Hambali is being called the mastermind of the Bali bombings. That may be an accurate description, but it understates his importance. He was in fact the leader of a Southeast Asian terrorist network that Khalid Sheikh Mohammed turned to after 9/11 to carry out the “Second Wave” — a plot to hijack a plane and fly it into the Library Tower in Los Angeles. (KSM knew we would be on the lookout for Arab men, so he asked Hambali to recruit a cell of Southeast Asian operatives to infiltrate the United States. I tell the full story of the takedown of the Hambali network in Courting Disaster.)
Hambali and the key members of his terror network were captured only because of information gained from KSM after he underwent enhanced interrogation techniques. (Indeed, it seems that virtually everyone the Obama administration wants to put on trial in civilian court was captured as a result of the CIA interrogation program that Obama shut down.) After 9/11, we were unaware of the Hambali network or its plans — until CIA detainees were captured and questioned. Those detainees told us what we needed to know to take the network down.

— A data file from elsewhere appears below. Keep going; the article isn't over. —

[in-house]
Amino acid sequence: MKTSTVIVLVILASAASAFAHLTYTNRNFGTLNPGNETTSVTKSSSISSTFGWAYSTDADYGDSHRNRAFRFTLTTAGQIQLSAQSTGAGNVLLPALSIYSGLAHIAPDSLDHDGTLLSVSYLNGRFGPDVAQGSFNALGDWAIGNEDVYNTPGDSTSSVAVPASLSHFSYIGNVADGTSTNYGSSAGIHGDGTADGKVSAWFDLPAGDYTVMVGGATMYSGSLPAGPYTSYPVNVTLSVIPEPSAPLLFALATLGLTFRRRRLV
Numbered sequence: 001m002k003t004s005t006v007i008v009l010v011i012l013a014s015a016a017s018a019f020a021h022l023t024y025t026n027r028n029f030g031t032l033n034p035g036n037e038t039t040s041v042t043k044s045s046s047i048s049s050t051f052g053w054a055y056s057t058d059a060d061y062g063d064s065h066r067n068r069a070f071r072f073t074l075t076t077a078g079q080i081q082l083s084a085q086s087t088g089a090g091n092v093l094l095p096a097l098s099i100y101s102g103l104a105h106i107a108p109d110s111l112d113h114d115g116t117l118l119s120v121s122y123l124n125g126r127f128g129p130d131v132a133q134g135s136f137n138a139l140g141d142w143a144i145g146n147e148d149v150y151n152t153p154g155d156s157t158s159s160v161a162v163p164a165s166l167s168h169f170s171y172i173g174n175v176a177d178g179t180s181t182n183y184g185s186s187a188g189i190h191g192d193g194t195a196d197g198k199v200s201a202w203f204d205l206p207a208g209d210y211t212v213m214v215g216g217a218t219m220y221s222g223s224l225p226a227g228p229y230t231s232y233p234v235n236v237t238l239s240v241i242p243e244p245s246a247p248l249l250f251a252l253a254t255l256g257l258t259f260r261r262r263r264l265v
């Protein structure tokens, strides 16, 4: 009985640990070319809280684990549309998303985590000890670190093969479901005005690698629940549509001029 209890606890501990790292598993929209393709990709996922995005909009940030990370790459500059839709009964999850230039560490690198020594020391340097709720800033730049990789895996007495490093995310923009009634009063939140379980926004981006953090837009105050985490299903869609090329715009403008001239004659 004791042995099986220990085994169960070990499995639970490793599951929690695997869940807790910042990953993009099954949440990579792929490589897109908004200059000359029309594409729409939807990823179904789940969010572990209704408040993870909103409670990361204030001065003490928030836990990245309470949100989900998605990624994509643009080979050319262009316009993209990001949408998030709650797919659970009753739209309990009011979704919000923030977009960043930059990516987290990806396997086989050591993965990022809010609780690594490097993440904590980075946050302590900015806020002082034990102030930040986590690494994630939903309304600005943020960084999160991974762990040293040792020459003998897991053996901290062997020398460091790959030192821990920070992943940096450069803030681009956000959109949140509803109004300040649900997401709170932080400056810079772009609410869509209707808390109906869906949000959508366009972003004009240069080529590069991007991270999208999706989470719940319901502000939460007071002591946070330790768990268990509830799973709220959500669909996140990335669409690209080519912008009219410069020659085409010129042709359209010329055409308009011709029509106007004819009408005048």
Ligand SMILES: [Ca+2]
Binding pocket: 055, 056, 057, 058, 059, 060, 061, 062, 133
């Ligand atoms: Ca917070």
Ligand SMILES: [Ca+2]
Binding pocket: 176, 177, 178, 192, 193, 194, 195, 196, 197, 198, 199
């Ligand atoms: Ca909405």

Now, some nine years later, we face a new terror network about which we know almost nothing (al-Qaeda in the Arabian Peninsula). This network nearly carried off a spectacular Christmas Day attack in Detroit. And the reason we were caught blind about this network and its plans is because — unlike during the period after 9/11 — we are no longer trying to capture, detain, and effectively interrogate senior terrorist leaders such as Hambali.
– Marc Thiessen’s new book, Courting Disaster: How the CIA Kept America Safe and How Barack Obama Is Inviting the Next Attack, will be published Monday by Regnery.